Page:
ence, by Mr. Warner, of Cleveland, Ohio, and in education, by Dr. Brown, U. S. Commissioner of Education. Addresses of general interest will be given before many of the affiliated societies, and there will be a large number of discussions, such as the one before the American Society of Naturalists on cooperation in biological research, in addition to a very large number of special papers to be read before the sections and societies.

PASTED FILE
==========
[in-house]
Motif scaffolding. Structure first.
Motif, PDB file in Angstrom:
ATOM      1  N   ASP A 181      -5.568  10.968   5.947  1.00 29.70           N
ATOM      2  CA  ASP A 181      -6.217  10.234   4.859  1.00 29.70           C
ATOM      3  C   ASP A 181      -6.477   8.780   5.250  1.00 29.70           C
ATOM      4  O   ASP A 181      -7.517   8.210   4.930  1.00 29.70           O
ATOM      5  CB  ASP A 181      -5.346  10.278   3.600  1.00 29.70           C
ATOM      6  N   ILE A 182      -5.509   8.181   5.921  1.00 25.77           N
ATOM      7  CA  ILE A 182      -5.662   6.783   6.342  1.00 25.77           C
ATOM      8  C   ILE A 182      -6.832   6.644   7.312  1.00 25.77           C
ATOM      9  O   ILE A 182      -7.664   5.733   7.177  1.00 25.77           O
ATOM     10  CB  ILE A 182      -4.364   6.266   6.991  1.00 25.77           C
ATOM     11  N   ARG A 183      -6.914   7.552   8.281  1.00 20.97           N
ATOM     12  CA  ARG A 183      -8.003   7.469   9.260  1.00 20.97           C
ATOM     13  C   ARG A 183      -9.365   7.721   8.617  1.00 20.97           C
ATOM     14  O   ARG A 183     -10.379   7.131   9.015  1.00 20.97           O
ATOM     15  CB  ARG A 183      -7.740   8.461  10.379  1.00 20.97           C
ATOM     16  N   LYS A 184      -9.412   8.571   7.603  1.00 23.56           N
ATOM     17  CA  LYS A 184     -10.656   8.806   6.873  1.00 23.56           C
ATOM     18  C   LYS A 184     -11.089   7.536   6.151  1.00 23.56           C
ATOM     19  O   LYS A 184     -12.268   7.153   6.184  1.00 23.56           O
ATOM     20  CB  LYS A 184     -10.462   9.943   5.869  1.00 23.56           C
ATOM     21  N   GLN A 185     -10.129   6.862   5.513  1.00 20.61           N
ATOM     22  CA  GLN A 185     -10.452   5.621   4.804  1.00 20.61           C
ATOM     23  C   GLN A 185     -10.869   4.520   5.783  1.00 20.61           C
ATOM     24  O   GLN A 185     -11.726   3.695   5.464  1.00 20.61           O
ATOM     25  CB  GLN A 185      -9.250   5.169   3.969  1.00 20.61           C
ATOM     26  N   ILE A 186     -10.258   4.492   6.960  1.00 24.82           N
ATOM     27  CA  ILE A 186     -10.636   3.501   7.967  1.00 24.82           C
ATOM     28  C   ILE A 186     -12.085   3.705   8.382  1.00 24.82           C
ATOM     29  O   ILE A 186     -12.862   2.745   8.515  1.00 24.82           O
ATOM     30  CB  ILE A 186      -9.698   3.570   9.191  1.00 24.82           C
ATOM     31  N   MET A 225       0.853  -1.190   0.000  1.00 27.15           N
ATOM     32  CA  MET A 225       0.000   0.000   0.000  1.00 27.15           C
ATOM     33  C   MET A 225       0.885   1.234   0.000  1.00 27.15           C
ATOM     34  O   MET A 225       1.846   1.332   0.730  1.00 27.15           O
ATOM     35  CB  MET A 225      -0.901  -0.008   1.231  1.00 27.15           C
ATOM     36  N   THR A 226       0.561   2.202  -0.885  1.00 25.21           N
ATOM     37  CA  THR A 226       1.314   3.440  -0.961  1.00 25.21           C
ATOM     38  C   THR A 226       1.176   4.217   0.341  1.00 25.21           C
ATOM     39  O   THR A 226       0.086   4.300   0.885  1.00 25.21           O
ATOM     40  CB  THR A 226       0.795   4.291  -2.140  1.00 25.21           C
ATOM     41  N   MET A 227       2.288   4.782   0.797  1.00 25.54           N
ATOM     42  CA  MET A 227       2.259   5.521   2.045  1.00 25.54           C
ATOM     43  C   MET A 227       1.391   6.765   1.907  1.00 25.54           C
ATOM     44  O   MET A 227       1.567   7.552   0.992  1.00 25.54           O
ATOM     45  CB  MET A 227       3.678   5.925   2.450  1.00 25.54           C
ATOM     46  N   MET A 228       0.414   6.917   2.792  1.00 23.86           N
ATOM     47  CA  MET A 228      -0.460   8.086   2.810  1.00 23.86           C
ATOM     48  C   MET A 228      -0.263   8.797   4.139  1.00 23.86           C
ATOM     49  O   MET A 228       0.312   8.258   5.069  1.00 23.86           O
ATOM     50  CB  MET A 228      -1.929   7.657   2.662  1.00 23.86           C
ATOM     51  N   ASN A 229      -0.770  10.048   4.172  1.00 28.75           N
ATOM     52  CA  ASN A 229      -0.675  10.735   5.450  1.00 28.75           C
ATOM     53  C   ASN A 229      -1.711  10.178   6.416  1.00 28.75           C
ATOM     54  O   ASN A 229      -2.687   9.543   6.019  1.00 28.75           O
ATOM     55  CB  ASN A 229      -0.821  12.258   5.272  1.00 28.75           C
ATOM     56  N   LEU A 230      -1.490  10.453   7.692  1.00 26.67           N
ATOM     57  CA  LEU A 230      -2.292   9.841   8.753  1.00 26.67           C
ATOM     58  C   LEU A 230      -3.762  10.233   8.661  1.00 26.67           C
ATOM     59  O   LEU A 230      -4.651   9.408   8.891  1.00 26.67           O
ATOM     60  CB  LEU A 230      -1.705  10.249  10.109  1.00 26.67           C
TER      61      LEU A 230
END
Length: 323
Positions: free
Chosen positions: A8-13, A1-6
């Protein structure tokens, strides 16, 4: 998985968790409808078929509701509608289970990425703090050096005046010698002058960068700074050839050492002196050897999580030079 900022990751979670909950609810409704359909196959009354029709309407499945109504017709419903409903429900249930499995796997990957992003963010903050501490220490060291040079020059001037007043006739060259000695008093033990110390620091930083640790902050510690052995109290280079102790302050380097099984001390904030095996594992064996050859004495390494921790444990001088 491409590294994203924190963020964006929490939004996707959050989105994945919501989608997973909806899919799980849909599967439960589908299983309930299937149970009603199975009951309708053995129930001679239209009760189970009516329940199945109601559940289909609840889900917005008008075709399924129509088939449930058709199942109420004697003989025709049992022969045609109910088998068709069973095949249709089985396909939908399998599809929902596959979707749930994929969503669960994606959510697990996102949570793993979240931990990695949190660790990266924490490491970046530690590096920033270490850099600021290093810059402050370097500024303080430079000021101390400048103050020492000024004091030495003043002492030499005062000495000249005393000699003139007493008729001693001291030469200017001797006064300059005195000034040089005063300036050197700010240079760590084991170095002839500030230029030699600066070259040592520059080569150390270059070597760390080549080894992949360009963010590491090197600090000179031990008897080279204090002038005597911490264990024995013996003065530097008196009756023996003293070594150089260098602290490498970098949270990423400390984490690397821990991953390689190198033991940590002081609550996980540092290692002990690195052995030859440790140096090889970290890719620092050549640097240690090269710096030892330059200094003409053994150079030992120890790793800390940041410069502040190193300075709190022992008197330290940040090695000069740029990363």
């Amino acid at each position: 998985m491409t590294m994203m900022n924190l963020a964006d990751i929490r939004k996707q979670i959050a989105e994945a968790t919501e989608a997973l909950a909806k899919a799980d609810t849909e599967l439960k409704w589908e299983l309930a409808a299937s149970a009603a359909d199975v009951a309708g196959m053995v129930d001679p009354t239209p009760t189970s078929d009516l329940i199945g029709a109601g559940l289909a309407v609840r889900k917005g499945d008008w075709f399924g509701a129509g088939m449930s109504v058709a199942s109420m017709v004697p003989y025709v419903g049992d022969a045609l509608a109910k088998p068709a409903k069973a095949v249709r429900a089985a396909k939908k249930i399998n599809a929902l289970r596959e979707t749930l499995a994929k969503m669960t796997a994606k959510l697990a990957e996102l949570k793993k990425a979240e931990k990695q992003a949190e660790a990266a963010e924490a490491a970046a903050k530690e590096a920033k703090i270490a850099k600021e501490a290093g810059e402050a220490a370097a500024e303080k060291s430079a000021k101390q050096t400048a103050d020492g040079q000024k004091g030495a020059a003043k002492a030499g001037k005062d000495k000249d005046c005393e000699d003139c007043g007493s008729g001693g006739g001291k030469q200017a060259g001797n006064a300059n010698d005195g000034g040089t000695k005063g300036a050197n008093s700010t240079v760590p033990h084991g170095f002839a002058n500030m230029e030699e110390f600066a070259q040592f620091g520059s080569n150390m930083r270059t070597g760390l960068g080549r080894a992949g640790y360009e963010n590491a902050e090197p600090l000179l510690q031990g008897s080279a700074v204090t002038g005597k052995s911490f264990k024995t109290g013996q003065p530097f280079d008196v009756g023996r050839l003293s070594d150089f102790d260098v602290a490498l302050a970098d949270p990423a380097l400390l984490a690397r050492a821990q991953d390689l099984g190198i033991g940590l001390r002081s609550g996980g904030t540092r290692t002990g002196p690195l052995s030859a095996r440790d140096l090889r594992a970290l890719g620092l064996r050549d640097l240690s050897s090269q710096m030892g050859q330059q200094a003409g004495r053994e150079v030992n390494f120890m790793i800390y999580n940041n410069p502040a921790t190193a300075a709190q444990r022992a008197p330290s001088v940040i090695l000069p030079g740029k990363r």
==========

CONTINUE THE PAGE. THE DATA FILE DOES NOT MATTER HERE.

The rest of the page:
The migratory meetings of the American Association enable it to bring to different centers a large proportion of the active scientific workers of the country, who should stimulate the intellectual activity of the community, while at the same time the members of the association have each year the privilege of a visit to an educational center, from which they can perhaps profit as much as from the programs of the meetings. The association has not met in Chicago for forty years. During this period science and higher education in this country have entered upon a new era, and during the latter part of it Chicago has assumed its proper place of leadership. Northwestern University opened its doors in 1855, and with its well-organized schools and four thousand students has become one of the leading universities of the country. The Field Museum of Natural History, organized at the close of the exposition of 1893 and recently endowed by Mr. Marshall Field with a bequest of $8,000,000, is one of the great museums of the country and of the world. Of special interest to the visiting members will be the University of Chicago, where most of the meetings will be held. Thanks to the vast gifts of Mr. John D. Rockefeller and the liberal cooperation of the citizens of Chicago, seconded by the organizing ability of the late President Harper.